So exercising my mind includes of course reading, doing the NY Times Crossword..I can manage up to Thursday, Wordle is great fun before breakfast, running my opera club which requires me to learn a lot about an opera, and pass on that knowledge with a bit of singing added, and most recently I have decided to do my presentations in a different way, by memory and trying to create a scene or atmosphere, and not to just read my notes. I sing every week with Neil on Facetime. We both love this and can’t wait to meet again in person when I return to Toronto. Charles and I faithfully continue with our French conversation Zoom classes with folks from around the world, and a wonderful coordinator, Simone Tavares. I have recently taken on the Presidency of our ladies golf association in Florida for the next two years. I have done this before and perhaps I am crazy, but it is always good to have a fresh perspective. That will start after our April meeting, and I chair one tournament in Toronto at my club there. Now I am not suggesting that all of you do what I am doing, but there are many activities that you can be part of. Volunteering is an especially rewarding one, and is needed. Some of my friends are talented quilters and love the camaraderie they find with others who enjoy the same pursuits. And speaking of camaraderie it is most important to have friendships that you nurture and nourish. It is good to have a lifeline. Many find pleasure in their church or synagogue, and find friends there as well. It just is so important to keep busy and involved and stimulated.
I have not mentioned the hard issues that present themselves at this stage of our lives; long or short term illness of a spouse and losing a spouse. I have suffered grief with the loss as a teen of my parents, and then the crushing loss of my daughter. Losing a longtime partner is another kind of grief. I am not qualified to tell anyone how to handle this gargantuan change to one’s life. I do know there are grief counsellors who specialize in helping people work through this new reality, and from what I understand are worth using. Friends are great, and family, and other bereaved persons, but sometimes you need someone removed from your circle to help advise.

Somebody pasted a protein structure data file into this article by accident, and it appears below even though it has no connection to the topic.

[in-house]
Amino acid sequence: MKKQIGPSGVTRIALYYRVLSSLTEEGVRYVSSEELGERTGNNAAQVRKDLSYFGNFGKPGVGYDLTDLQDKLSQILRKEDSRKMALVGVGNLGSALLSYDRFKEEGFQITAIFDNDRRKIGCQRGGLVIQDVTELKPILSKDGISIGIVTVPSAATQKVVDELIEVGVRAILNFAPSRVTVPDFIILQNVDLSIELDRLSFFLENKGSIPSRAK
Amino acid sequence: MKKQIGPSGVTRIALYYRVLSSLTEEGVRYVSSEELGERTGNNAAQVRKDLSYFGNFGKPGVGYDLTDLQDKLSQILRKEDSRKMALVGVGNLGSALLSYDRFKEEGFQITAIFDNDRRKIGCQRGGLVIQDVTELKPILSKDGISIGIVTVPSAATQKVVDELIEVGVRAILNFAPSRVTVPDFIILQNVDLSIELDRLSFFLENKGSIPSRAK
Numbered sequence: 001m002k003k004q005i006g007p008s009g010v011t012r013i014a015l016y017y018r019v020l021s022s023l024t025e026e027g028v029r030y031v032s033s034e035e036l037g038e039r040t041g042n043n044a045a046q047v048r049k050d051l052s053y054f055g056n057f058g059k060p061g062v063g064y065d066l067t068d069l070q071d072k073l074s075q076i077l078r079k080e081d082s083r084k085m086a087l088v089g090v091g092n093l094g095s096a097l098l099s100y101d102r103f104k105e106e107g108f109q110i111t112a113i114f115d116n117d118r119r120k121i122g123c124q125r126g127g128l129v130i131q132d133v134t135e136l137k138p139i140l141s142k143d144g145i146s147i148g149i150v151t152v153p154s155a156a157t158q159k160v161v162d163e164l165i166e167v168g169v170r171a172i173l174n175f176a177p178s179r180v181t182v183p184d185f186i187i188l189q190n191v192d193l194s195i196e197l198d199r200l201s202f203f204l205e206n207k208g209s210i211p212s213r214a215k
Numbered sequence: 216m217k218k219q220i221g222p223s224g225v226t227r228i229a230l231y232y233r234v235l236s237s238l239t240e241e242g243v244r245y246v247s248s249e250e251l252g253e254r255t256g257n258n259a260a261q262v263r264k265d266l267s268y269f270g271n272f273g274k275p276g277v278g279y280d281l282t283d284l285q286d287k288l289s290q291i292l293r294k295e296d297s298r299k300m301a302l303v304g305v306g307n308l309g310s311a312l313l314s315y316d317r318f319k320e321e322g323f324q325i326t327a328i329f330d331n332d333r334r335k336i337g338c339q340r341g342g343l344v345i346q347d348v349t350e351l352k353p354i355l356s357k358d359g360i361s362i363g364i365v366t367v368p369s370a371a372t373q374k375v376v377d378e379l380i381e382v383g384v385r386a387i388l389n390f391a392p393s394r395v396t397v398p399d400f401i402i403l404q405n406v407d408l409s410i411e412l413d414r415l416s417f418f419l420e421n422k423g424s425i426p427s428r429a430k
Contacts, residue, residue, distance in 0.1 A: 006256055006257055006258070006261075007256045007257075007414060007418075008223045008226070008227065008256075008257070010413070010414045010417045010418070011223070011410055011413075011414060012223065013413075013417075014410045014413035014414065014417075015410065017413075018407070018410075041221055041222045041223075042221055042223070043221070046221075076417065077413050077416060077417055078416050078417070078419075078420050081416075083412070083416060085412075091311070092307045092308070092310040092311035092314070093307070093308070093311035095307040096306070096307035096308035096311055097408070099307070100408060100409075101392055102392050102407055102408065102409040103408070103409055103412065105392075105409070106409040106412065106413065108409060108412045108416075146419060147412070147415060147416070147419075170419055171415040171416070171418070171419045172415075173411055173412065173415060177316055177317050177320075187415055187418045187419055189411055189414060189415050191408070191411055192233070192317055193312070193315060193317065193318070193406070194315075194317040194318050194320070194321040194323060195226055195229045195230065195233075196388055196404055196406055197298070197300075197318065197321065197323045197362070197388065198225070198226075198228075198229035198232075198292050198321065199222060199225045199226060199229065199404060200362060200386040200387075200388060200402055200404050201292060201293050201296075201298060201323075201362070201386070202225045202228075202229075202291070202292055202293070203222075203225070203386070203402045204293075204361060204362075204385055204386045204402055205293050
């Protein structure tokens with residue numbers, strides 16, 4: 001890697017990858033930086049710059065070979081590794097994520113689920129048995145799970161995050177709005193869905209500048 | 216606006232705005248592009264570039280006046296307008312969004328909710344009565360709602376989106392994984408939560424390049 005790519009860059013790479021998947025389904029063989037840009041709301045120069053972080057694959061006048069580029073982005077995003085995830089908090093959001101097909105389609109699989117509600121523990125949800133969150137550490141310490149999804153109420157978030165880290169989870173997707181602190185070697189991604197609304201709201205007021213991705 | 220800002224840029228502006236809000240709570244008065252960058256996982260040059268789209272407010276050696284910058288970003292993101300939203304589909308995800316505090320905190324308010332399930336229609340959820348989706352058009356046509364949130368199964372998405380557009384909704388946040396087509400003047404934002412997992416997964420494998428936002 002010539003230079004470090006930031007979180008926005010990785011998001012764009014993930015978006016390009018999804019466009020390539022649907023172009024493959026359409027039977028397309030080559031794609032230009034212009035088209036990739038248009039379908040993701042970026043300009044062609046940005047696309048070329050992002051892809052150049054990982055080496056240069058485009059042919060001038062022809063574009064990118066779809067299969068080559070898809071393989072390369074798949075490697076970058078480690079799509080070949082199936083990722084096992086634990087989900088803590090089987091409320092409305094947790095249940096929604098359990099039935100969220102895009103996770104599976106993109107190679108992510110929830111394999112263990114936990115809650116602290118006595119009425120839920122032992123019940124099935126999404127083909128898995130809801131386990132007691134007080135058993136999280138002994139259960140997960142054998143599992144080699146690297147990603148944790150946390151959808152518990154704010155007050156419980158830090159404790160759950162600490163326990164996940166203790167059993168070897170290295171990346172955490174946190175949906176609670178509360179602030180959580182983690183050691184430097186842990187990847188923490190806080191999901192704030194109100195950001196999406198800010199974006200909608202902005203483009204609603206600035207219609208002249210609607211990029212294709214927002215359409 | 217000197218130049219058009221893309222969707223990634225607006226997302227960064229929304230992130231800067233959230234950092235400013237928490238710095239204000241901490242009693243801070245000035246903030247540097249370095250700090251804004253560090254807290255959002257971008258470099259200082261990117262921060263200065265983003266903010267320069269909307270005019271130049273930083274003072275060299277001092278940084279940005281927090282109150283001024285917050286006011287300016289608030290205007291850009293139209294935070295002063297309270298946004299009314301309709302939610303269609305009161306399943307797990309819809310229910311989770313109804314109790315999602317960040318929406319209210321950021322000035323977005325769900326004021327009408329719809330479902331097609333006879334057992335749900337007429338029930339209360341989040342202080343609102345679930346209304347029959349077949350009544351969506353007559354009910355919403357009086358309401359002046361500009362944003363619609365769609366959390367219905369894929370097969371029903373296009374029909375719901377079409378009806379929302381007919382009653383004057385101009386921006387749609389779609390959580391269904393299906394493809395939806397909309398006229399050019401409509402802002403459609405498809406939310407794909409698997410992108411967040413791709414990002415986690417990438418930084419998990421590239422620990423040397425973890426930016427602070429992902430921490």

I have cut back on drinking because I find that it affects me more as I grow older. I used to have a champagne in the bath, and still do once in a while, but now it is ice water. Never more than 2 glasses of white wine, red if it is a very good bottle, I am spoiled, and only a sip of my favourite cognac. And if I want more than a sip, I drink less wine. I seem to have even more energy in the mornings as I am an early riser. When on vacation perhaps I will loosen these rules to include a glass of rosé at lunch. The only thing worse than an old person who has drunk too much, tripping around as she/he walks, is a young one.